AIDS Vaccine Is Reported OKd for Human Tests

Times Medical Writer

An experimental AIDS vaccine developed by a small, little-known Connecticut firm has become the first to receive government approval for testing in humans, a usually reliable trade publication reported Monday.

The Washington Drug Letter said the U.S. Food and Drug Administration has given its approval for a vaccine manufactured by MicroGeneSys of West Haven, Conn., to be tested in clinical trials that will be supervised by the National Institute of Allergy and Infectious Diseases.

Officials of both federal agencies refused on Monday to confirm the report. MicroGeneSys and the institute have scheduled a joint news conference in Washington today, at which time a formal announcement is expected.

That a test vaccine has been approved for testing is not surprising in and of itself. As recently as last spring, Dr. Anthony Fauci, institute director, had said that five or six candidate vaccines were under FDA consideration and that human trials could be expected to begin late this year or early next year.

The approval of the MicroGeneSys product apparently means only that such trials might begin several months sooner than anticipated.

Still, the approval would mark a milestone in the fight against acquired immune deficiency syndrome.

Approval would also be the first step in a long process that, it is hoped, would lead to a protective vaccine against the invariably fatal disease.

Typically, the first step in testing any vaccine--Phase One in the biomedical community--is to see whether such an agent has any serious side effects. If shown to be reasonably safe, the vaccine would undergo further tests for efficacy.

This would mean that even if safety testing were to begin immediately, it may well be several years before it is known whether the test vaccine actually protects against AIDS.

The possibility of an AIDS vaccine testing program in uninfected humans may also push scientists to quickly decide what categories of people would make ideal volunteers.

Among such candidates would be those considered at high risk of coming into contact with the virus, such as military personnel in parts of the world where the incidence of AIDS infection is high, prisoners, patients at clinics for treatment of sexually transmitted diseases, intravenous drug users, prostitutes and the sex partners of high-risk individuals, including gays and bisexuals.

MicroGeneSys' vaccine reportedly is made of proteins from the outer coating of the AIDS virus. Company officials in Connecticut and the firm's public relations agency in New York refused to divulge details about the vaccine or about the firm.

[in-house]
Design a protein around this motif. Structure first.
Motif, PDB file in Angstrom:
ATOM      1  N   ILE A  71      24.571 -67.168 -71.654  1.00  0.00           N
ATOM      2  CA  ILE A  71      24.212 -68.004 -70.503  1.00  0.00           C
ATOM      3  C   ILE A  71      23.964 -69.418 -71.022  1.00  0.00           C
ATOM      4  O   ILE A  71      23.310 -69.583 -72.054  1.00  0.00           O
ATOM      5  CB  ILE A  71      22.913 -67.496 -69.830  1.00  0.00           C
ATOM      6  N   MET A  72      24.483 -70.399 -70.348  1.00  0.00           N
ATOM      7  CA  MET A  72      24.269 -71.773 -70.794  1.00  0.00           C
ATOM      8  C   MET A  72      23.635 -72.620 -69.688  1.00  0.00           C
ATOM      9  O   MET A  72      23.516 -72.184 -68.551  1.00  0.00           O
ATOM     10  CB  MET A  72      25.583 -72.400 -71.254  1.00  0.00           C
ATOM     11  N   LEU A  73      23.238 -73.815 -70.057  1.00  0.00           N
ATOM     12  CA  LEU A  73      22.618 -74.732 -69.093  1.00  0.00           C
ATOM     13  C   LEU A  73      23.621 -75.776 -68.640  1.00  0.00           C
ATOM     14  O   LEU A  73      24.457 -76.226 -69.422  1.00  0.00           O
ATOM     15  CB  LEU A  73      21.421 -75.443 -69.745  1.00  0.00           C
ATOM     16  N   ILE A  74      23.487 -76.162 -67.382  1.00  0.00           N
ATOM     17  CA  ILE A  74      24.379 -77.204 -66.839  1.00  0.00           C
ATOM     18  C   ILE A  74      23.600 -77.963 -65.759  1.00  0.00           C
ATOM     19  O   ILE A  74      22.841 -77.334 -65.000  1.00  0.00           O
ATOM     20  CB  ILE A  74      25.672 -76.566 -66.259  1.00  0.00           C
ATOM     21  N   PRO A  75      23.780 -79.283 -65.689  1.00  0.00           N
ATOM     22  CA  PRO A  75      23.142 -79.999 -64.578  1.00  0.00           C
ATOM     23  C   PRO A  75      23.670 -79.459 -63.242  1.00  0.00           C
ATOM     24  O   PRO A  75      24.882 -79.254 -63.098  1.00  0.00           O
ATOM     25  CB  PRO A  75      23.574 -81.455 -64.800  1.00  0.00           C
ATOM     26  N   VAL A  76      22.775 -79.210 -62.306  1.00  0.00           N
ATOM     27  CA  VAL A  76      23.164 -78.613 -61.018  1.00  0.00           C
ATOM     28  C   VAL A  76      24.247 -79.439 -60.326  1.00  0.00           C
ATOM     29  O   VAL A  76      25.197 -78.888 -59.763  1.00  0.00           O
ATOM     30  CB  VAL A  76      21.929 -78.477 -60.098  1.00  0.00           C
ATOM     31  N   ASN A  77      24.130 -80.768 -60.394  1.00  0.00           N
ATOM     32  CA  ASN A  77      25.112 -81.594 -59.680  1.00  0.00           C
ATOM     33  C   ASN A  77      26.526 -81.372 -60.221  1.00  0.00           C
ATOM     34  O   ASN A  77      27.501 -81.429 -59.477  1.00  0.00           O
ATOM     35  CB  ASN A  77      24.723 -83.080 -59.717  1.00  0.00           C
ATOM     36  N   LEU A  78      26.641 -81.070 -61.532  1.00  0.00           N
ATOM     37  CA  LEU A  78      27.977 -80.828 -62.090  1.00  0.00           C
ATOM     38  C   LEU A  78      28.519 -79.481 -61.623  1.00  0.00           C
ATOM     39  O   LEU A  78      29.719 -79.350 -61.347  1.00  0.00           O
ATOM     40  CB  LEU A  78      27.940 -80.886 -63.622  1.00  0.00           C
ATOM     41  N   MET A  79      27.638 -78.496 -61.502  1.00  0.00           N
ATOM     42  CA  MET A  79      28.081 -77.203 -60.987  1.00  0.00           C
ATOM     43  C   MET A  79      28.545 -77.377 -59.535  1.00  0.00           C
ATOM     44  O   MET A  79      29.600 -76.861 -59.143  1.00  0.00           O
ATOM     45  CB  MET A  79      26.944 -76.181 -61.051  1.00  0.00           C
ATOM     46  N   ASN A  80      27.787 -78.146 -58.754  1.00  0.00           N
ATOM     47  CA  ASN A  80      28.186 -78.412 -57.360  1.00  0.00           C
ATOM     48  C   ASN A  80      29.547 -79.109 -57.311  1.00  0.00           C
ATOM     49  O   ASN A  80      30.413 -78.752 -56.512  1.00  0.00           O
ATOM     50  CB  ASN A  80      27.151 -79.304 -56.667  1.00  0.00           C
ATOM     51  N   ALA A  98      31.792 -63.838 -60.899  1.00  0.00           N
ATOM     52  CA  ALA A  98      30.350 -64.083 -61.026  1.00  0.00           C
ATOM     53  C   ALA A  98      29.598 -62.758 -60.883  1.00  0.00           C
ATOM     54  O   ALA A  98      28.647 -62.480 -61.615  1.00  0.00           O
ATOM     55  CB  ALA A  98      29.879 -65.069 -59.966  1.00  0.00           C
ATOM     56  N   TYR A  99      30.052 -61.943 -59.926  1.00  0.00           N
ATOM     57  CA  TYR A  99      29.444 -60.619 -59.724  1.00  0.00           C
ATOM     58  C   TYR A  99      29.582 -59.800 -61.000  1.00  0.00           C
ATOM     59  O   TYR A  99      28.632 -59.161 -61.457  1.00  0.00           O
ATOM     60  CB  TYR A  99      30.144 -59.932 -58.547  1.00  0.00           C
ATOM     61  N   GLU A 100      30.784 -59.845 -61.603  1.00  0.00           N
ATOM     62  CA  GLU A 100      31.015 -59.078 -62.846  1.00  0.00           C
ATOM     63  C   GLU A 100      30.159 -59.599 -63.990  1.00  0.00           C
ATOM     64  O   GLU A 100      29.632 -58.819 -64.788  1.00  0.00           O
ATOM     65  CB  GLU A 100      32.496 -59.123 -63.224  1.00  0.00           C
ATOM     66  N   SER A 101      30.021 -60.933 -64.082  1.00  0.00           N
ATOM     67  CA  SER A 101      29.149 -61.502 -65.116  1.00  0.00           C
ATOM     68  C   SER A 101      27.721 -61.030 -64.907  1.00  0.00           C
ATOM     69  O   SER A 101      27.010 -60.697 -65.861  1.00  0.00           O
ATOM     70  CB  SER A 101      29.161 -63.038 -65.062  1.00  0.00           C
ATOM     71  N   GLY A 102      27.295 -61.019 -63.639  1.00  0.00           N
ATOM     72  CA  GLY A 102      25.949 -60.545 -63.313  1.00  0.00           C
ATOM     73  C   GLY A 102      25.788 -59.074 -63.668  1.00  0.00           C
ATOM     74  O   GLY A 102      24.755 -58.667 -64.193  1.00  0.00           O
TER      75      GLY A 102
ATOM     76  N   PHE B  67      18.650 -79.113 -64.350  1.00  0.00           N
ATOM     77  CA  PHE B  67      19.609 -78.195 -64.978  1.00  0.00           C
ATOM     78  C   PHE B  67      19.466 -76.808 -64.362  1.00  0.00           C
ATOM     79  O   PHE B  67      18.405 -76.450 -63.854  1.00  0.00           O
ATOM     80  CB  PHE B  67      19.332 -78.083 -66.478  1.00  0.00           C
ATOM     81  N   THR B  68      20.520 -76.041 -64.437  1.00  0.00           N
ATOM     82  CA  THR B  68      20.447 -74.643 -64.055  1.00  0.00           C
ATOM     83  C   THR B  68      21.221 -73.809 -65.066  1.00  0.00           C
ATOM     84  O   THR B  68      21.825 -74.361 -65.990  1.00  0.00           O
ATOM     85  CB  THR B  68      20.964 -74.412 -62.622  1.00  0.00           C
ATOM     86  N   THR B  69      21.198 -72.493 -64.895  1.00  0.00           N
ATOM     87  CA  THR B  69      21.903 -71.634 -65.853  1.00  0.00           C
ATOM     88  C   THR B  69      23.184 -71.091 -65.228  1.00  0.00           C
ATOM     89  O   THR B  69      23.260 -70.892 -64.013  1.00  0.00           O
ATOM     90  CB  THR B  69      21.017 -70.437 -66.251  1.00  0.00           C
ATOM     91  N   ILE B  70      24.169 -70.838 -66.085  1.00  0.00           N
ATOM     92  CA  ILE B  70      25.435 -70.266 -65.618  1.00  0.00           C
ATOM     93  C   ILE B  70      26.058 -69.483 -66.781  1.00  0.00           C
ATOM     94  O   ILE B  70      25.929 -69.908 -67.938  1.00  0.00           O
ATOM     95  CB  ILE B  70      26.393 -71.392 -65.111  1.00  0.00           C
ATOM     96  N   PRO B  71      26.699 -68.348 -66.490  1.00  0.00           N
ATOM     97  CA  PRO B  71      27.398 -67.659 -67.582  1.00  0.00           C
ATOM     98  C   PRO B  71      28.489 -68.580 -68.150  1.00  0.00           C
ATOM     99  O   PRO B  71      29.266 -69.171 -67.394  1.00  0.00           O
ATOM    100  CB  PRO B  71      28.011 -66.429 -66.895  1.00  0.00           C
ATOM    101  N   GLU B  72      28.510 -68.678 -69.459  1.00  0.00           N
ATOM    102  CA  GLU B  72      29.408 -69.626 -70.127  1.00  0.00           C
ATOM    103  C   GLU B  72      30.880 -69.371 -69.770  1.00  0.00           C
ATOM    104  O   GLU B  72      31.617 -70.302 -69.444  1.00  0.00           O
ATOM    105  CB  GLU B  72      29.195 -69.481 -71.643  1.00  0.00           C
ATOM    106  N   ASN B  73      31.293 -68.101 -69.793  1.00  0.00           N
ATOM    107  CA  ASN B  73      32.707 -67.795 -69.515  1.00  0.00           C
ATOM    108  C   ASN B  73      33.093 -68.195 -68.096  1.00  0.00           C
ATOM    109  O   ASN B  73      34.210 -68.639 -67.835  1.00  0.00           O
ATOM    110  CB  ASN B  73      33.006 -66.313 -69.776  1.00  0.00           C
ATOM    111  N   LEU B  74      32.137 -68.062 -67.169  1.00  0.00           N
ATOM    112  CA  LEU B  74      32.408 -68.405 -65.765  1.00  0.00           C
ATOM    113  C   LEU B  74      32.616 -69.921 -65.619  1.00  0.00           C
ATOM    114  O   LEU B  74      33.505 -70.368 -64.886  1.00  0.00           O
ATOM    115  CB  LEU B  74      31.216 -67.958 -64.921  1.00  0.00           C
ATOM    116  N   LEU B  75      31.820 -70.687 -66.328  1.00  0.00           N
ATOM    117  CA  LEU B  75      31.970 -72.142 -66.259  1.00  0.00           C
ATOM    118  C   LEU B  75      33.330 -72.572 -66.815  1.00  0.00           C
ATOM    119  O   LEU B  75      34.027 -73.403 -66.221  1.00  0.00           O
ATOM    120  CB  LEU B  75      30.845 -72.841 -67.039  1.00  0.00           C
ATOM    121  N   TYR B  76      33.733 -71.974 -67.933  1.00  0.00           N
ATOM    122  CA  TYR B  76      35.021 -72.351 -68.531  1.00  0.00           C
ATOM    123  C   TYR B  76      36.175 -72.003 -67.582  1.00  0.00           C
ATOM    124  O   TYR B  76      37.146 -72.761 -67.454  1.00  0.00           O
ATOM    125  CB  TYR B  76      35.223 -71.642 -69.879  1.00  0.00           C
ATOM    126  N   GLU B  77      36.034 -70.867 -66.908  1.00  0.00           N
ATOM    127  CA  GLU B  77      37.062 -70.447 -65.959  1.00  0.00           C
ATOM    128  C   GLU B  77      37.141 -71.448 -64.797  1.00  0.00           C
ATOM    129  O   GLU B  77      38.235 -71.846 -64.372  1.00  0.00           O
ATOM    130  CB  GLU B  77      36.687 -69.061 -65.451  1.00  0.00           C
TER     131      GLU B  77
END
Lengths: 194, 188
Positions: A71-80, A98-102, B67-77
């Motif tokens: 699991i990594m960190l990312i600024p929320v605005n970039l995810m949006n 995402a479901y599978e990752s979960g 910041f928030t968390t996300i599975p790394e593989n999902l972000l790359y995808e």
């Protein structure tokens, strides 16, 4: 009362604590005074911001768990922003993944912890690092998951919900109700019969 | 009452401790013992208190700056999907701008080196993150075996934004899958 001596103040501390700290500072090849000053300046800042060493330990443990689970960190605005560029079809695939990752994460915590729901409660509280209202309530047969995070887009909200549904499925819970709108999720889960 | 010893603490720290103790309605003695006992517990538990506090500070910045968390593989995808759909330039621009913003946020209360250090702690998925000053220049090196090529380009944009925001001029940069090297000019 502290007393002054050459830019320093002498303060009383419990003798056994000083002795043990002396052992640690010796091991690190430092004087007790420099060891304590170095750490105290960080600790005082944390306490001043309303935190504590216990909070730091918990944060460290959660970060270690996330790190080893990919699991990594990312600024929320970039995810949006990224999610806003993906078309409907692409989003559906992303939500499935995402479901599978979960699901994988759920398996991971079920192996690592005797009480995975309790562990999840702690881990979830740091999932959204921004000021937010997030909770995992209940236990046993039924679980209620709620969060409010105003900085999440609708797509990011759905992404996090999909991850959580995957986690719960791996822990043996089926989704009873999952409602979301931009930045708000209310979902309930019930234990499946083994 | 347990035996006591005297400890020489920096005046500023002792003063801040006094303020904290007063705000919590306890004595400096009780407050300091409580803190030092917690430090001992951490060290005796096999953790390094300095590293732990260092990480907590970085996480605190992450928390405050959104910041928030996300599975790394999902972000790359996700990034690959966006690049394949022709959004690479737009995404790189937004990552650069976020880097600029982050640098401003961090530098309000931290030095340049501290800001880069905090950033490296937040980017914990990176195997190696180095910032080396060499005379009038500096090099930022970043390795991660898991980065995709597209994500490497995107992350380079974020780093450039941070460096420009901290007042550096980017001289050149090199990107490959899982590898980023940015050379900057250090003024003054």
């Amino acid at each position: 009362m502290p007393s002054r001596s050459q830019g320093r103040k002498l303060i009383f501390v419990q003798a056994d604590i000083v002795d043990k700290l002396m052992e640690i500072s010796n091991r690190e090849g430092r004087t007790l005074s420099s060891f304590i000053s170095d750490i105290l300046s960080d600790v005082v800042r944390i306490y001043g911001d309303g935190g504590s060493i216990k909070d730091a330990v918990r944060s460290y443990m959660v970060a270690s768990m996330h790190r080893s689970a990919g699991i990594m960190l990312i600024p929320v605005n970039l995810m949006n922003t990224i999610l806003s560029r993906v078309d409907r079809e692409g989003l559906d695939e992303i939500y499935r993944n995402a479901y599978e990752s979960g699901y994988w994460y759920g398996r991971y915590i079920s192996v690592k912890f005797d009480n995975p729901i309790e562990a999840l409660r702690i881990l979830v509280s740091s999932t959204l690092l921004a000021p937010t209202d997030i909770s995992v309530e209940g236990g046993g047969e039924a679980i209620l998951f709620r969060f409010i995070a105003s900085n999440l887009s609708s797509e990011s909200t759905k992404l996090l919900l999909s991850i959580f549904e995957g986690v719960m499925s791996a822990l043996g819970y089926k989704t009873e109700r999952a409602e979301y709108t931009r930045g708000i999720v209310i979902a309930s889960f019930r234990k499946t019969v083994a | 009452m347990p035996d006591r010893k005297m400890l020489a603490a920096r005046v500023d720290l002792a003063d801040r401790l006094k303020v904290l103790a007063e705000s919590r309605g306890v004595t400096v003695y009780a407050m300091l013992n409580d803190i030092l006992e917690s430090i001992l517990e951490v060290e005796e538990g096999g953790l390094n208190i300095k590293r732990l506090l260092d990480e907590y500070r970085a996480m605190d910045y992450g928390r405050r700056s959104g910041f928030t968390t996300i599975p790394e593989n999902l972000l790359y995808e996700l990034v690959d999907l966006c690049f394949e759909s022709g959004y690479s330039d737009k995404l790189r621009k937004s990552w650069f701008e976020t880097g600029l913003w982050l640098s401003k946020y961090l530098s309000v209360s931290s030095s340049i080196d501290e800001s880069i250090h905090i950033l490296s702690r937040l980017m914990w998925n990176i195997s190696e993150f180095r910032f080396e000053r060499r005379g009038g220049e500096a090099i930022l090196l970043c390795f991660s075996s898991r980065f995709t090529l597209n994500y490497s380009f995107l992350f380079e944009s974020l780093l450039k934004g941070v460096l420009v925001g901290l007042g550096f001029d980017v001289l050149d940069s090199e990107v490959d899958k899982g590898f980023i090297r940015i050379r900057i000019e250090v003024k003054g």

Scientists have been working feverishly to decide which of the proteins on the outer coating of the virus might cause the patient's immune system to respond by producing antibodies capable of protecting against the AIDS virus. One of the chief problems has been that the protein overcoat has varied significantly around the world.

Earlier this year MicroGeneSys president Frank Volvovitz was quoted in an interview as saying, "Our approach is aimed at producing a synthetic replica of the entire coat protein.

2 Other Developers

"I think the point to remember is the entire coat doesn't change. There are areas in the coat that remain constant," he said.

Two other developers of experimental AIDS vaccines, with applications for human testing pending before the FDA, are Oncogen, a division of Bristol-Myers Co., and George Washington University in Washington.

MicroGeneSys appears to be obscure even among those who follow the fast-moving field of biotechnology. Sandra Woodruff, a consultant for Biomedical Business International, a Tustin company that analyzes the health-care industry, said she had never heard of the firm.

At the Third International AIDS Conference in Washington in June, Dr. John La Montagne of the National Institute of Allergy and Infectious Diseases said the institute has contracted with six universities to conduct the clinical trials required to demonstrate a vaccine's safety and efficacy. They are Baylor University, Houston; the University of Rochester, Rochester, N.Y.; Johns Hopkins, Baltimore; the University of Maryland, Baltimore; Vanderbilt University, Nashville, and Marshall University, Huntington, W. Va.

Condoms may not provide sufficient protection against AIDS and other diseases, research shows. Part V, Page 1.

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